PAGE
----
A line of dark humour runs throughout the film, whether that’s in stark cuts to horrific scenes as characters correct themselves on story details or the interplay between the four characters flips from good-natured to increasingly confrontational. The entire cast is excellent, with Tom (Timothy Granaderos) and Sasha (Perry Mattfeld) initially presented as affable and enthusiastic. Their enthusiasm remains even as their behaviour takes a darker turn, offering quips and asides that add to how watchable the film is, balancing dark ideas with genuinely funny moments.

Adam and Margo are pitched as characters so open to flattery that it places them at risk. Adam’s desire to fully embrace his position in the new house is tied to his ideas of self-esteem. His assertion that they ‘deserve’ this new home and the status it brings dominates his other behaviours and causes him to ignore the discomfort of both Margo and their son Dylan (Kalo Moss). Handwaving their concerns as a case of ‘new house jitters’, his aspirations further an already visible distance between the family. This makes Margo all the more open to the flattery that Sasha offers about her ‘previous life’ as a performer in a band. Due to a lack of communication and different ideas, the pair become increasingly prone to manipulation.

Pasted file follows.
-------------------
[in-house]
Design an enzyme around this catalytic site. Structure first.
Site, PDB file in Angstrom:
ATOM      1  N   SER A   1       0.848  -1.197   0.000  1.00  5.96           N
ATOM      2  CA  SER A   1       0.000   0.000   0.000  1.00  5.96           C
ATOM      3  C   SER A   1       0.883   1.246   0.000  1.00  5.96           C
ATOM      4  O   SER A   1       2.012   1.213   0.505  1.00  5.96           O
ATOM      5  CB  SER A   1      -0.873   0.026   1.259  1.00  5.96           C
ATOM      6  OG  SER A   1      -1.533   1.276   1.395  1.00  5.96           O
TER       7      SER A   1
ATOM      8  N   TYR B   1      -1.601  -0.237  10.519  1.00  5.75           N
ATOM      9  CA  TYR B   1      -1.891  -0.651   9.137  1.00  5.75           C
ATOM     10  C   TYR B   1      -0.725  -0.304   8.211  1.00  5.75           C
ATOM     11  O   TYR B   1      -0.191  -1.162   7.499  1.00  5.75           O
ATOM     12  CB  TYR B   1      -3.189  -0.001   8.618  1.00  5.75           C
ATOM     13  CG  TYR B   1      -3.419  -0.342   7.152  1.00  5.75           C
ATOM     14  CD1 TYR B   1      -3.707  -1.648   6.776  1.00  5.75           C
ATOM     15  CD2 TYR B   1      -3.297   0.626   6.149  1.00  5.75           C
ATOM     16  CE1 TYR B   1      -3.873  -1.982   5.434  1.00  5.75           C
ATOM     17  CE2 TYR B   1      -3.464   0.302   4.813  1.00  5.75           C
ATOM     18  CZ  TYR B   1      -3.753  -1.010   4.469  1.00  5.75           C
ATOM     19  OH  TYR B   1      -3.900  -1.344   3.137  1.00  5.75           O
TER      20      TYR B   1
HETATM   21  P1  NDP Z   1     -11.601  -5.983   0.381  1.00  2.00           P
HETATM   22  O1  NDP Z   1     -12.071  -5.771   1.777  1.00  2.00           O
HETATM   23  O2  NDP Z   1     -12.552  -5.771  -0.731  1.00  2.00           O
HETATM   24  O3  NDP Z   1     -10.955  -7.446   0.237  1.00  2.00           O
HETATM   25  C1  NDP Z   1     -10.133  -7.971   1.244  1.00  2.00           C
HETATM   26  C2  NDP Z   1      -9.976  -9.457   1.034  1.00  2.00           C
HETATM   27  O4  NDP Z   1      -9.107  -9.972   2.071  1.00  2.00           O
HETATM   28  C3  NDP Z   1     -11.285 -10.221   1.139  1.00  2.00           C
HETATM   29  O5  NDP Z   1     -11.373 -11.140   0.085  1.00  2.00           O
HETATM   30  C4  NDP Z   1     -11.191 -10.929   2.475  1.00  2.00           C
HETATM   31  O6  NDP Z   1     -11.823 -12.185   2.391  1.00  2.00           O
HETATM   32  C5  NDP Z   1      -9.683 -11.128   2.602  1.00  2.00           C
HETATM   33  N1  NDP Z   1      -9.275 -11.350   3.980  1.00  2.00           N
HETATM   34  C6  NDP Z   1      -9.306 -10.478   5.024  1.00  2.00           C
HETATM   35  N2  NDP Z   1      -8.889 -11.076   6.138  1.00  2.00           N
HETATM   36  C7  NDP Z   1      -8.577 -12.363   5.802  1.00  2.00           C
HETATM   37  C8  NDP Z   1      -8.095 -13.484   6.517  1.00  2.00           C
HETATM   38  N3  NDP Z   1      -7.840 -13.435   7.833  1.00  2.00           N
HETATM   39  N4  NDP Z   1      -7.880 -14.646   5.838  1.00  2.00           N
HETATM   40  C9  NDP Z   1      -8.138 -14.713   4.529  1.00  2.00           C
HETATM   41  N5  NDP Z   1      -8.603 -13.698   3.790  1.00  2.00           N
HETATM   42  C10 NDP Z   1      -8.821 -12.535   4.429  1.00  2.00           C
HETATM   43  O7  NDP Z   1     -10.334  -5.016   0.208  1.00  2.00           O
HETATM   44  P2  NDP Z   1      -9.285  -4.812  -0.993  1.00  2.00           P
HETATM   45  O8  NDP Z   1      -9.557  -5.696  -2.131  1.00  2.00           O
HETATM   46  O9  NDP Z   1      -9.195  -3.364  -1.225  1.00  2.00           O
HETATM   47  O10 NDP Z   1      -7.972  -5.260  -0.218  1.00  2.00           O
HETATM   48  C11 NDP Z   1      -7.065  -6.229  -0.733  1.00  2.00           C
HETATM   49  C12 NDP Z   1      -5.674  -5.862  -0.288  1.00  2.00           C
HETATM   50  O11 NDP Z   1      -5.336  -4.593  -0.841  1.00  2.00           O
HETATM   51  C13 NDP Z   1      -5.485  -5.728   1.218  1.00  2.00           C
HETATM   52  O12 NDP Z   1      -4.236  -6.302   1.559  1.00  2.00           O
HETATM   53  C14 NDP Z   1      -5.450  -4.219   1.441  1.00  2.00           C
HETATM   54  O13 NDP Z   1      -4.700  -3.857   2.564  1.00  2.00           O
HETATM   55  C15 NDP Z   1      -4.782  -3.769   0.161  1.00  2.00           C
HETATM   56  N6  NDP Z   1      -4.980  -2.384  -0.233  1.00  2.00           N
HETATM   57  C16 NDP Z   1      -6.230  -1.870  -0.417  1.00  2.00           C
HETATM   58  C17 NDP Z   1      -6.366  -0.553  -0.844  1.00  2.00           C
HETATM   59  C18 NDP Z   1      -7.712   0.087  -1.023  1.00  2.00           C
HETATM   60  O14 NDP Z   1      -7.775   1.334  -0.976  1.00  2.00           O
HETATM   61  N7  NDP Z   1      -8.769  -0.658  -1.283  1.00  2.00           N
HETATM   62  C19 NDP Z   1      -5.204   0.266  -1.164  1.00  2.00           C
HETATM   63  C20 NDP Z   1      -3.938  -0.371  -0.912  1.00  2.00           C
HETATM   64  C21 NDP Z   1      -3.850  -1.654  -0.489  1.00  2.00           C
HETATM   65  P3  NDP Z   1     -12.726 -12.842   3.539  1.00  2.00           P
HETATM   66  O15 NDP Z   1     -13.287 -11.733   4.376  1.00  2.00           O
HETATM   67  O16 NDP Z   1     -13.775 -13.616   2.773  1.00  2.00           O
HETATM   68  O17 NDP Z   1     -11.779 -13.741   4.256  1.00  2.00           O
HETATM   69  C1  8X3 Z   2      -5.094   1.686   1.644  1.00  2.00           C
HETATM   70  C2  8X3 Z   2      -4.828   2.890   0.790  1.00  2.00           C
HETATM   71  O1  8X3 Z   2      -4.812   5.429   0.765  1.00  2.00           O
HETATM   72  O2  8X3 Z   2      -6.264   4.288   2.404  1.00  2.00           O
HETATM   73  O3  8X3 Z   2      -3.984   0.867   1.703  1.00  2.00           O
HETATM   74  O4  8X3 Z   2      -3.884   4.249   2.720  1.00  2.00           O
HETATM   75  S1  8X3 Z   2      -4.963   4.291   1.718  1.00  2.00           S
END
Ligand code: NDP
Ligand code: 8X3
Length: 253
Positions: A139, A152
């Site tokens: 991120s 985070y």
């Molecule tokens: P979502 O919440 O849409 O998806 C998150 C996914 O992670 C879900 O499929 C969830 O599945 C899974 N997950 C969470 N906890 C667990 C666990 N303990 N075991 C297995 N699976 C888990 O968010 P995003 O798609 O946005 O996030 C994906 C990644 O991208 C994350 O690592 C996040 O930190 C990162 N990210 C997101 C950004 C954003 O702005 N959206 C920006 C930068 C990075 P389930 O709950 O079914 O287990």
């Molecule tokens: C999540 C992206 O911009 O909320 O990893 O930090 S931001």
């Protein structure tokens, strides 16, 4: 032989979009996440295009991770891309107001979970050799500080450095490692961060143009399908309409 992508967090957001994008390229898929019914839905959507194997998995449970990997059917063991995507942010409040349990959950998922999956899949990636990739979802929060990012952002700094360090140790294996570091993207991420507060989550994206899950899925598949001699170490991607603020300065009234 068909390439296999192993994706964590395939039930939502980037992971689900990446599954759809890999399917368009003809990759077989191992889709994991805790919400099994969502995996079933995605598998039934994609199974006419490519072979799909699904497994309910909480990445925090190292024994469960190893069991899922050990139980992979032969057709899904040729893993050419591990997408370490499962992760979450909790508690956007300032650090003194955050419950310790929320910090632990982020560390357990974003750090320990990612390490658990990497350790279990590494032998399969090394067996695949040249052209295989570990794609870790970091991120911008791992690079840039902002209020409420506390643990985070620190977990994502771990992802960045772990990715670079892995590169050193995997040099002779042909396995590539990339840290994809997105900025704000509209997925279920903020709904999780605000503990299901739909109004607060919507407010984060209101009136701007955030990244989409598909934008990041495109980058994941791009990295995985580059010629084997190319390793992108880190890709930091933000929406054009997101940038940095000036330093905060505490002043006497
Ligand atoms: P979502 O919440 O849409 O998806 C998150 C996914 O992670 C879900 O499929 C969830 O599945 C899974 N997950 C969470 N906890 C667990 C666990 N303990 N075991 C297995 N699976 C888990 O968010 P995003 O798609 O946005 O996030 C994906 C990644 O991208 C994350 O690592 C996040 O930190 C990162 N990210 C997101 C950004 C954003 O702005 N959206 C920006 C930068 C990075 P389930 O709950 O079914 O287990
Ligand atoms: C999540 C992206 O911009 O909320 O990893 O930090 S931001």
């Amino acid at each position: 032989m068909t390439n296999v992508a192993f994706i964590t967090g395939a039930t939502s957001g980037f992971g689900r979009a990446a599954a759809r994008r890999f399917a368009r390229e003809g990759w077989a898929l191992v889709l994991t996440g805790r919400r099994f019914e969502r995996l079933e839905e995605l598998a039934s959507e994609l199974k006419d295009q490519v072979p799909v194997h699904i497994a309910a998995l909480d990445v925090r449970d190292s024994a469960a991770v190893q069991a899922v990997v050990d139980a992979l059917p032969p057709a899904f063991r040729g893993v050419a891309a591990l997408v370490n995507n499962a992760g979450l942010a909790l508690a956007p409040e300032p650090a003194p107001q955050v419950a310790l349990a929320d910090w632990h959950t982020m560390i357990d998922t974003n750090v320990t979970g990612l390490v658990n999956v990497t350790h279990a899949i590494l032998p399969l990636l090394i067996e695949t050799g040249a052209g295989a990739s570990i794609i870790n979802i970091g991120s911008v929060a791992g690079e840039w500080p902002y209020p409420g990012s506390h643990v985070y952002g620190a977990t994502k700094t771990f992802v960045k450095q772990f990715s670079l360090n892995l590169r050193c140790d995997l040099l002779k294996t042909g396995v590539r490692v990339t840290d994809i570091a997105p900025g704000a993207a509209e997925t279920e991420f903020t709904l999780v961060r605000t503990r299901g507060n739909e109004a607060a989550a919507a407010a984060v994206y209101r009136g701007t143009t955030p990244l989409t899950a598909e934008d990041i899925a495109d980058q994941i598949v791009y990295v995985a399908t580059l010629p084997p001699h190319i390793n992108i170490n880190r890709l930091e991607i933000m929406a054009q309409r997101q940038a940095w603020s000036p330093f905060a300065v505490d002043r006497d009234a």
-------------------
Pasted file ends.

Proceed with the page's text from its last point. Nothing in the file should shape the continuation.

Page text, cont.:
Coming in at around 80 minutes, this is an excellent example of a film finding the ideal time in which to tell the story. With the action largely set in one location, it would be easy to try and overstuff outside elements, but the charisma of the cast is enough to support the relatively simple story. Some will find the direction it heads in to be unsurprising, but the journey is satisfying nonetheless.

Strong performances elevate this thriller in which dark secrets lie beneath a veneer of showy surroundings.

3.5 out of 5 stars

3.5 out of 5 stars

Who Invited Them is available to watch on Shudder.